When Daryl Hall wasn’t making hit albums and singles with John Oates (along with the occasional now-forgotten song), he certainly kept busy during the 70s and 80s.* In addition to writing and producing, he also recorded some music on his own. American terrestrial radio has pretty much forgotten, but he had some success in the mid-80s with a hit called “Dreamtime”.
His Most Successful Album
Given the wild success when he collaborated with John Oates, it isn’t that surprising that Mr. Hall’s solo albums were rather few and far between. More surprising is that his first album, Sacred Songs, was shelved by RCA Records for about three years.** It was six years after the first album’s release (nine years after it was recorded) before Daryl Hall released another album, 1986’s Three Hearts in the Happy Ending Machine.
Recorded while he and Mr. Oates were taking a well-deserved breather after about 12 years straight of recording and touring, Three Hearts in the Happy Ending Machine was much more of a commercial album than Sacred Songs, and it showed in the chart successes of both the album and the singles from that album. In what might seem a strange pairing, one of the producers of the album, other than Mr. Hall himself, was Dave Stewart of Eurythmics.
(Three Hearts in the Happy Ending Machine peaked at #29 on Billboard’s Top Pop Albums chart. Album ℗1986 RCA Records. Photo courtesy Amazon.)
The first single from the album, “Dreamtime”, was an uptempo song about a woman who thinks her problems could be solved by running away with someone else. Mr. Stewart can be heard prominently on this track playing lead guitar.
“Dreamtime” debuted strongly on Billboard’s Hot 100, coming in all the way up at #54 in its first week on the chart, the week ending August 2, 1986 (chart | magazine). Two months later, it hit its peak at #5 (chart | magazine). In all, “Dreamtime” spent a respectable 15 weeks on the Hot 100, performing well enough to reach #94 on Billboard’s year-end chart for 1986 (magazine). The song also appeared in an interesting array of other charts, from the Album Rock chart to the Dance/Disco chart.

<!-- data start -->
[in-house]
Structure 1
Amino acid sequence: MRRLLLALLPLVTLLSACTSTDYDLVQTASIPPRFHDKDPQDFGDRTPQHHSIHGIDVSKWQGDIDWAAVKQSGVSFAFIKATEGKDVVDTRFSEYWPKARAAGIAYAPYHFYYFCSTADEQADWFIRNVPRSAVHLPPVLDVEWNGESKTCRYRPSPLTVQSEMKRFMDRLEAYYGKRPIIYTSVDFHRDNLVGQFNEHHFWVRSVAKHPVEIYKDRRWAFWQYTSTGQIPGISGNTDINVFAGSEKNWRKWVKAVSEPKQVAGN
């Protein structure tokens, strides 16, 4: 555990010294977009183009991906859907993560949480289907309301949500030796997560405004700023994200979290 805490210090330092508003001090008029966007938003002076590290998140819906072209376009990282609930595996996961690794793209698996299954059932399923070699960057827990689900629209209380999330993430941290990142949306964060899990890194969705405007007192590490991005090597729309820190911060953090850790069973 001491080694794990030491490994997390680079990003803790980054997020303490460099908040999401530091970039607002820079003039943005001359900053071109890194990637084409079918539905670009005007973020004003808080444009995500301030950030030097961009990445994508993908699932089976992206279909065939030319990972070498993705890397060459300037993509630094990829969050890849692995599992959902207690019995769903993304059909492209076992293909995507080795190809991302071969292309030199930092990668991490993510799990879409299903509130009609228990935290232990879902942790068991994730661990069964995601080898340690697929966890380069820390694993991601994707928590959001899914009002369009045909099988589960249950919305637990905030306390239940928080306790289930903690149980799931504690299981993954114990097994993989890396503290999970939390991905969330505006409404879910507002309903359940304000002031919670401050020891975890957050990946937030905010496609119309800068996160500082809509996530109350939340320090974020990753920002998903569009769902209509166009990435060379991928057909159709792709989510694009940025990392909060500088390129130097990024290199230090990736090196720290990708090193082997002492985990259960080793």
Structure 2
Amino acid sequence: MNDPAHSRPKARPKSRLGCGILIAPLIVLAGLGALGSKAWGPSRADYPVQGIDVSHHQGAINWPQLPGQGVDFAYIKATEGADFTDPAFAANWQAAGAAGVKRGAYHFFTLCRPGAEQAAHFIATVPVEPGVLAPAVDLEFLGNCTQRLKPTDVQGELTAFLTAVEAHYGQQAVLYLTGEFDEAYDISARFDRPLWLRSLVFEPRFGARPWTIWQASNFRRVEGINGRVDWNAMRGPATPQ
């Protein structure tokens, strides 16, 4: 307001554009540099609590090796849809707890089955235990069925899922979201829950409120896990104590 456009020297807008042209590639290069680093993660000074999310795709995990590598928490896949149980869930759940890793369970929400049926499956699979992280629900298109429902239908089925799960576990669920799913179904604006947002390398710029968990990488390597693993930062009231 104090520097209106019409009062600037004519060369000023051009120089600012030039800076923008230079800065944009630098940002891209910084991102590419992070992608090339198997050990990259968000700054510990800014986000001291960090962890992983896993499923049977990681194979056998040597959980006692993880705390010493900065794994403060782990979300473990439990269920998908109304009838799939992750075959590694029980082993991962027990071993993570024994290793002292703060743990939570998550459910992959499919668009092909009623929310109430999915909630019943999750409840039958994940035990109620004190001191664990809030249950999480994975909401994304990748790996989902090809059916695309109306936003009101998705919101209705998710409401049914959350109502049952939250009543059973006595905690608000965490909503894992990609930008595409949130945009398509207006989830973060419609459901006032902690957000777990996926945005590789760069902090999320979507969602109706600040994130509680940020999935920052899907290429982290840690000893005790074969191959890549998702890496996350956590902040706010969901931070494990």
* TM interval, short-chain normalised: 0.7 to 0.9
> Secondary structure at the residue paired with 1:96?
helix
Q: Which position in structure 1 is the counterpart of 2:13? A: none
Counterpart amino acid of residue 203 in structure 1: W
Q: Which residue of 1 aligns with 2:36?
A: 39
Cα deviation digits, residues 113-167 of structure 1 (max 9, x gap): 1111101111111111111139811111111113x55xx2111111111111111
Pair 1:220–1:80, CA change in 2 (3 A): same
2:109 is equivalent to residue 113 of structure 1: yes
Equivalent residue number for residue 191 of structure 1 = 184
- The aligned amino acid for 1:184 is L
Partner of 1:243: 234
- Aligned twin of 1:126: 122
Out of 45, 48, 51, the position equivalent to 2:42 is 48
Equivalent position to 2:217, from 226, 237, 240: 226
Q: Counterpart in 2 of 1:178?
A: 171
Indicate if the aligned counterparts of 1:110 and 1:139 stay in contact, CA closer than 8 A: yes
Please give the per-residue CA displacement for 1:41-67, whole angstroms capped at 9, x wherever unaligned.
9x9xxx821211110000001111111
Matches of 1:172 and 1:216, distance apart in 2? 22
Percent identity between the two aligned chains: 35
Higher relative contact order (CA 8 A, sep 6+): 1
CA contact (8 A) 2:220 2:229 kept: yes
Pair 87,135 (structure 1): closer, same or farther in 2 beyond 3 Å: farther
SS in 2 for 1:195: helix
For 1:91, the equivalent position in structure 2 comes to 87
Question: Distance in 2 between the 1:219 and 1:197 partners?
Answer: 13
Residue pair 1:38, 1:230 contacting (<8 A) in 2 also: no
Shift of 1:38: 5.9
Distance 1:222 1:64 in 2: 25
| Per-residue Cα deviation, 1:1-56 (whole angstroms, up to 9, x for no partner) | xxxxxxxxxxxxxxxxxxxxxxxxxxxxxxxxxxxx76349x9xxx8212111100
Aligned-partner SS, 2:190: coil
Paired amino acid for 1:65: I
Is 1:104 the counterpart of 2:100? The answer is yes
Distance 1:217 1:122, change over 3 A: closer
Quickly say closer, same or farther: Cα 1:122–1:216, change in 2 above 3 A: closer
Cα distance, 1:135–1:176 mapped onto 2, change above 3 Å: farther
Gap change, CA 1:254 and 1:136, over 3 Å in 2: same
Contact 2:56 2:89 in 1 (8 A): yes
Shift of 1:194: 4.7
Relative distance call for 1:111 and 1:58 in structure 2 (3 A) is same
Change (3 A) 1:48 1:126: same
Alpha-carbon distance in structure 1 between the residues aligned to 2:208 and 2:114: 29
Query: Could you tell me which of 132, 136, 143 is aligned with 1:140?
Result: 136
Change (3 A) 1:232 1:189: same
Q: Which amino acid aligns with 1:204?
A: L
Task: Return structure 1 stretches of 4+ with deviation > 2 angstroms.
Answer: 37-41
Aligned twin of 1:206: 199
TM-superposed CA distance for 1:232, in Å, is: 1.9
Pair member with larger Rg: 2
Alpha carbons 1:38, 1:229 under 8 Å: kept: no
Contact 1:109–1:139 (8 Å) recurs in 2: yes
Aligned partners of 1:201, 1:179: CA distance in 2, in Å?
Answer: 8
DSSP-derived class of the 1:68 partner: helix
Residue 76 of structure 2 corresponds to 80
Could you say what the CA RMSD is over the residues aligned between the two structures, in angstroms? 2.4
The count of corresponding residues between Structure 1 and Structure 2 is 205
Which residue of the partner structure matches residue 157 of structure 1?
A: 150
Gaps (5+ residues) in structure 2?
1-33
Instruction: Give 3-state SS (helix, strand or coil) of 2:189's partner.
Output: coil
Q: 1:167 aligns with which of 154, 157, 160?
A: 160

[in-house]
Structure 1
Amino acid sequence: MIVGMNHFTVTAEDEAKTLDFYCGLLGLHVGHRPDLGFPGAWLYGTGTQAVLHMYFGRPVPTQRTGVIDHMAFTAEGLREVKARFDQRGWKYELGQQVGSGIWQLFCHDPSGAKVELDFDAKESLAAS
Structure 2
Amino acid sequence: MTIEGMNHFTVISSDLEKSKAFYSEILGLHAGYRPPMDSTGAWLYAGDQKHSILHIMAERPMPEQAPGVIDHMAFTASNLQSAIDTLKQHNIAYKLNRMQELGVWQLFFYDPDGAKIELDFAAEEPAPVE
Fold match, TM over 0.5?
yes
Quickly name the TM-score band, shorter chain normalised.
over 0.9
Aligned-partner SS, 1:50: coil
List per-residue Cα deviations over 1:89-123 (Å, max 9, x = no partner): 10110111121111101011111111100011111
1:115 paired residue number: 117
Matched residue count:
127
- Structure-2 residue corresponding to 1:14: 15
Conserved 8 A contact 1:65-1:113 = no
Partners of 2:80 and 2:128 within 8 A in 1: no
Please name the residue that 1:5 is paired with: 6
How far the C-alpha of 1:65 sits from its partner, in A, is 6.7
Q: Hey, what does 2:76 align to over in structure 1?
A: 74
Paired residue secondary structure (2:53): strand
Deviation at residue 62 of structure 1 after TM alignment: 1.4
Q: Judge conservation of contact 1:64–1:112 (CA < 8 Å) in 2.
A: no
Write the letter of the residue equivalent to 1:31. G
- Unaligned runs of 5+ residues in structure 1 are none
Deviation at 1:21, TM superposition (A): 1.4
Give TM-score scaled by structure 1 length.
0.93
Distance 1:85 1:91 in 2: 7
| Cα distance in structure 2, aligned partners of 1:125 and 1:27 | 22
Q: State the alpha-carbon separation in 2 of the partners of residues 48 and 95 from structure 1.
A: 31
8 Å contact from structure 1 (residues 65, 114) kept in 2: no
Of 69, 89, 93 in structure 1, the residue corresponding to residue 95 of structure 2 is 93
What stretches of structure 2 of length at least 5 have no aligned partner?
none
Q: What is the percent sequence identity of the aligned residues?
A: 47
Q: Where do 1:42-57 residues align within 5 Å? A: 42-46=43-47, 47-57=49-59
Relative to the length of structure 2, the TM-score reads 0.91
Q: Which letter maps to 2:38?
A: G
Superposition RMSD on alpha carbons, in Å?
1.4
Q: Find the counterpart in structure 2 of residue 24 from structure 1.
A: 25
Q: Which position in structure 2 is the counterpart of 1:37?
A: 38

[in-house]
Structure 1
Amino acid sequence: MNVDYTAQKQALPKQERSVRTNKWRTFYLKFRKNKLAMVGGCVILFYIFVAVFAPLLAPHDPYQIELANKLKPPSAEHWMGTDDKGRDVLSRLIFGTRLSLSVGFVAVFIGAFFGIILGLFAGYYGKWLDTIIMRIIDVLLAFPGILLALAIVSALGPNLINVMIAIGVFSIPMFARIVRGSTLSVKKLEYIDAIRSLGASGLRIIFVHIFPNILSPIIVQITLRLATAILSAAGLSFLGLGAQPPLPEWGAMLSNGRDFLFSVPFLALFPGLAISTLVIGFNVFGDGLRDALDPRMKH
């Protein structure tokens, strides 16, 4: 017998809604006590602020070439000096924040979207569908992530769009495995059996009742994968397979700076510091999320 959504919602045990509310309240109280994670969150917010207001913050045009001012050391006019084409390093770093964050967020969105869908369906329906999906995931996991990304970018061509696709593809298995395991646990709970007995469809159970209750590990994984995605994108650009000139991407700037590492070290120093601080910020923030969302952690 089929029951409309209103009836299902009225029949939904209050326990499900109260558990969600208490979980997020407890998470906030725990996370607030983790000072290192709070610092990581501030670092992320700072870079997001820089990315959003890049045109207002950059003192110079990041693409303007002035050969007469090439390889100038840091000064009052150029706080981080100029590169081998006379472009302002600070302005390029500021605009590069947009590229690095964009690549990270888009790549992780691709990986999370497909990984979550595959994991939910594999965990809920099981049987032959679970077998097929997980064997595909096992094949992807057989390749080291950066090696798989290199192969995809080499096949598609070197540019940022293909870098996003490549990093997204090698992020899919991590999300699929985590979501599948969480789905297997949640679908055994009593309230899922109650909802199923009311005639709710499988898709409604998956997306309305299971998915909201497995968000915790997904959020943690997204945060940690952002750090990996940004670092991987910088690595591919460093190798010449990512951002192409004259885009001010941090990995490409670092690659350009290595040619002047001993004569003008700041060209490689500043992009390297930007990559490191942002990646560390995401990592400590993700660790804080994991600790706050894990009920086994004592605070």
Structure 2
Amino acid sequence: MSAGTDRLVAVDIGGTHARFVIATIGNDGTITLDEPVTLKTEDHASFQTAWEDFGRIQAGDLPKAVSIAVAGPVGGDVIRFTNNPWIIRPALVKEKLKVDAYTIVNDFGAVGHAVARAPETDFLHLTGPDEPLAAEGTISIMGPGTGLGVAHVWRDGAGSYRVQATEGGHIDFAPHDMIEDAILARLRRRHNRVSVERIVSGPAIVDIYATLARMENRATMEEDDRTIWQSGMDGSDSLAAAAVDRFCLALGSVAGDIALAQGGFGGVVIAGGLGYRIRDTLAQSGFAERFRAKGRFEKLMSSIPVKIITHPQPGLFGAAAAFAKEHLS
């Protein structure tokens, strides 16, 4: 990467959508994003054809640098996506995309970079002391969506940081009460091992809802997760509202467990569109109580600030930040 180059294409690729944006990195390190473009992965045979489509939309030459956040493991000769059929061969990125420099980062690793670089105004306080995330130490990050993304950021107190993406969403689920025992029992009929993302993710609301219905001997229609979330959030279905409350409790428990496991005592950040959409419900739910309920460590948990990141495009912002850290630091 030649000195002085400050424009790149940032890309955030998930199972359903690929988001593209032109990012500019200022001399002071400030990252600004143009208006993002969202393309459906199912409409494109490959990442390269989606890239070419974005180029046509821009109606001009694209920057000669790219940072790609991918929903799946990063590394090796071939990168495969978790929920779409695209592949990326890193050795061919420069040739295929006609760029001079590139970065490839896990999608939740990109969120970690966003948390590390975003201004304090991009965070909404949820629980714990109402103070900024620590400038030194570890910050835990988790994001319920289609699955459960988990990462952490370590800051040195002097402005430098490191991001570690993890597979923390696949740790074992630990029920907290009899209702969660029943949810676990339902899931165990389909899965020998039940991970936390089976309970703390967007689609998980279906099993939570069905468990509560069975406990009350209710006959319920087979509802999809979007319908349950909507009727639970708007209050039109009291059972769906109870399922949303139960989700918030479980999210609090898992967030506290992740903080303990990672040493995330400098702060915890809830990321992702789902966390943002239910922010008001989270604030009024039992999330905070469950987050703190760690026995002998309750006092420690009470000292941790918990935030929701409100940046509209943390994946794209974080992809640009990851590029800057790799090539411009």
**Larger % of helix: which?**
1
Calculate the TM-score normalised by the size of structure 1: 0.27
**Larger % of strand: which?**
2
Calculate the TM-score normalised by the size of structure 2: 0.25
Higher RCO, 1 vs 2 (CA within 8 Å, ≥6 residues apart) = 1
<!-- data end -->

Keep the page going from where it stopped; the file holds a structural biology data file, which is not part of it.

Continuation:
Following “Dreamtime”, two more singles were released from Three Hearts in the Happy Ending Machine, “Foolish Pride” and “Someone Like You”, but neither really came close to duplicating the success of the album’s lead single. Following that, it would be another seven years before Daryl Hall released another solo album. He would, of course, continue to work with John Oates following his one big solo hit single, as he still does now.
And what has become of “Dreamtime” since its 1986 chart run? Well, as with most of the songs on this site, it pretty much disappeared from radio stations’ playlists as soon as it dropped off the charts. I’m not aware of any terrestrial station playing it (unless, of course, they’re airing a classic American Top 40 show). It would be nice to hear this one again.
** Apparently RCA didn’t think it had the potential for commercial success. The label may have been right; while it charted well on the album chart, Sacred Songs did not yield any charting singles.
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